A second embodiment of a rollover valve capable of use in the system of FIG. 1 is shown in FIG. 4. In this embodiment, the upper end of float 56' has a plurality of upwardly extending circumferentially spaced fingers 72 which hook inwardly to engage an outer edge of plate 68'. Seal 66' again includes an upper annular lip 66c which forms the primary seal with valve seat 54 a lower lip portion 66a' which forms a secondary seal with float 56', and a center passageway or hole 67' through which the initial pressure reduction occurs. The seal assembly comprising plate 68' and seal 66' is trapped within the cage defined by fingers 72 with sufficient axial (vertical) play that the seal between lower lip portion 66a' and float 56' is broken when fingers 72 engage the outer edge of plate 68'. A secondary valve seat 79 is located at the center of the top end of float 56' to make sealing contact with the lower lip of seal 66' when float 56' is forced upward. Under normal operating conditions, float 56' maintains the position shown in FIG. 4a with the seal assembly resting on float 56' away from valve seat 54' so that fuel vapor may pass freely between fuel tank 10 and vent line 16.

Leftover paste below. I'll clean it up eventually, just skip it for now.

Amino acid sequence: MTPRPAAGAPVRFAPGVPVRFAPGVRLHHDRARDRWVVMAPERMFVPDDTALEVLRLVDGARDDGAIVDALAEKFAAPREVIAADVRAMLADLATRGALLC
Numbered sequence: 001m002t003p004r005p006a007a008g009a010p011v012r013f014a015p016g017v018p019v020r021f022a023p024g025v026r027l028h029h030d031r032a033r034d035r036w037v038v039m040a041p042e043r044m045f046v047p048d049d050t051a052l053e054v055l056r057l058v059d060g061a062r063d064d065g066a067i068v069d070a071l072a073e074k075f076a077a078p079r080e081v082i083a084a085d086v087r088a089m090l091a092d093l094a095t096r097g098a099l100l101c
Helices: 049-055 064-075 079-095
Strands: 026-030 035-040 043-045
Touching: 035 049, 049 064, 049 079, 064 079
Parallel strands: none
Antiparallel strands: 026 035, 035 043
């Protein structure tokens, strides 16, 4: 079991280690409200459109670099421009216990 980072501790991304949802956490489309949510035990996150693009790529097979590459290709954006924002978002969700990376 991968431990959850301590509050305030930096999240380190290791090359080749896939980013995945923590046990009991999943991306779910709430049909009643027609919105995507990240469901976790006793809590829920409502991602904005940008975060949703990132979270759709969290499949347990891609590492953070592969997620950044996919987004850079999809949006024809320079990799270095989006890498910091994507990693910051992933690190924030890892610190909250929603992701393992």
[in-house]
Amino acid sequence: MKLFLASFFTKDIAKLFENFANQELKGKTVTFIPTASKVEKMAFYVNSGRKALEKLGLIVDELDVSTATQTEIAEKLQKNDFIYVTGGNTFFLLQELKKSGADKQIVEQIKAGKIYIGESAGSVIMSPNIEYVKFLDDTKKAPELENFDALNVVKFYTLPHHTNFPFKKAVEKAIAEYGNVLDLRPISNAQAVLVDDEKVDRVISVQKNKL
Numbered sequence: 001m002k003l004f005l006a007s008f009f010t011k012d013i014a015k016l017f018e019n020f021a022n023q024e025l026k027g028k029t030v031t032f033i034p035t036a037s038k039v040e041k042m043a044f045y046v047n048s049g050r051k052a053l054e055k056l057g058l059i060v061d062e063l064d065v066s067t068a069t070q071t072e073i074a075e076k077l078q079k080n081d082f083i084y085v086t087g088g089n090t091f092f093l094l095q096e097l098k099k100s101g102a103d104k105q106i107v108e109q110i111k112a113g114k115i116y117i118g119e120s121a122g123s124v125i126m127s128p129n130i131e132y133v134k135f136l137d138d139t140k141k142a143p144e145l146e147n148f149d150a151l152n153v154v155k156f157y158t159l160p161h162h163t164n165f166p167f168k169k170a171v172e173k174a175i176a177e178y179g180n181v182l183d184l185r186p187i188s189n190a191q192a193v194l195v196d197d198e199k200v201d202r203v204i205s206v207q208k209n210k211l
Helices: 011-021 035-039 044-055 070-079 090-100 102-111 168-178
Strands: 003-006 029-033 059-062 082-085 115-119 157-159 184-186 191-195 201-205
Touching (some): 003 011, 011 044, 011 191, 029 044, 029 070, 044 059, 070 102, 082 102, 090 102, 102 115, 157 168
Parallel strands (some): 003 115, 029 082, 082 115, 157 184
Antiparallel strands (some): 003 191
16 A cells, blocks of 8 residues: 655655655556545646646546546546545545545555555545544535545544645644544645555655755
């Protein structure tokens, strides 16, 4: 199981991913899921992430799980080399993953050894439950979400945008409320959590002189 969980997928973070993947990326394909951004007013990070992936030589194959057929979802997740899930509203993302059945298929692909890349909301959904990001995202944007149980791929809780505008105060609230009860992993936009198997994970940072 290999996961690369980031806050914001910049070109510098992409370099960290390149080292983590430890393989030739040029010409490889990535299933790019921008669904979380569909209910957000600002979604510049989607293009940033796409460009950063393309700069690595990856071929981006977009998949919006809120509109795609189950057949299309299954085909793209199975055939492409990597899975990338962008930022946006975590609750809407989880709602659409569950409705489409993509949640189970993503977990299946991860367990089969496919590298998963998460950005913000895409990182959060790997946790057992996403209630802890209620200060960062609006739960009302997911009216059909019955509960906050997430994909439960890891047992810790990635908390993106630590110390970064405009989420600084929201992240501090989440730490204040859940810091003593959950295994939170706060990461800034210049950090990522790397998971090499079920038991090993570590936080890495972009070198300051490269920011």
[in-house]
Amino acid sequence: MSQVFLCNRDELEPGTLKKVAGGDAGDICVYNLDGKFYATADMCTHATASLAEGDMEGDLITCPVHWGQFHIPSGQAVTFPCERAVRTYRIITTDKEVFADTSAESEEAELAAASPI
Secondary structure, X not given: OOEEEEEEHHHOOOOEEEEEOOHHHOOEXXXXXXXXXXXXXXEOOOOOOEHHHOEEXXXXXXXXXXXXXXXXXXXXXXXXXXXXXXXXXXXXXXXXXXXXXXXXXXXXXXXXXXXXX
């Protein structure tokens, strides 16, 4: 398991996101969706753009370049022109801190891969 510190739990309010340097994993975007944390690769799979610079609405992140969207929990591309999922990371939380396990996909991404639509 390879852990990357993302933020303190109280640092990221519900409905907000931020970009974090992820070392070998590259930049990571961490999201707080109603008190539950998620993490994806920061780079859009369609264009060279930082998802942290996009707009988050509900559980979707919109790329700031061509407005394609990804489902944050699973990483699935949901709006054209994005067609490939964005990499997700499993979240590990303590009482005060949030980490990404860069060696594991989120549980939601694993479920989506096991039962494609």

In the fully closed position of FIG. 4b, the periphery of seal 66' is forced against valve seat 54' and secondary valve seat 79 closes off center hole 67'. If a pressure differential between tank 10 and vent line 16 tends to hold the valve in a closed position, the first stage of valve opening occurs when float 56' moves downward relative to the seal assembly under its own weight to break the seal with center hole 67' and reduce the pressure differential across the seal assembly. After the pressure differential has been reduced sufficiently, the weight of float 56' pulling downward on plate 68 by means of fingers 72 breaks the seal between seal ring 66' and valve seat 54' to effect the second stage of valve opening as initially shown in FIG. 4c and as finally shown in FIG. 4a.
The system of the present invention accordingly achieves onboard control over vapor venting using a simplified valve arrangement, and is particularly useful for refueling a fuel system with a mechanically sealed filler pipe. The foregoing illustrative embodiments of this system and individual valves according to the present invention are exemplary in nature and the invention is not to be limited except as provided in the following claims.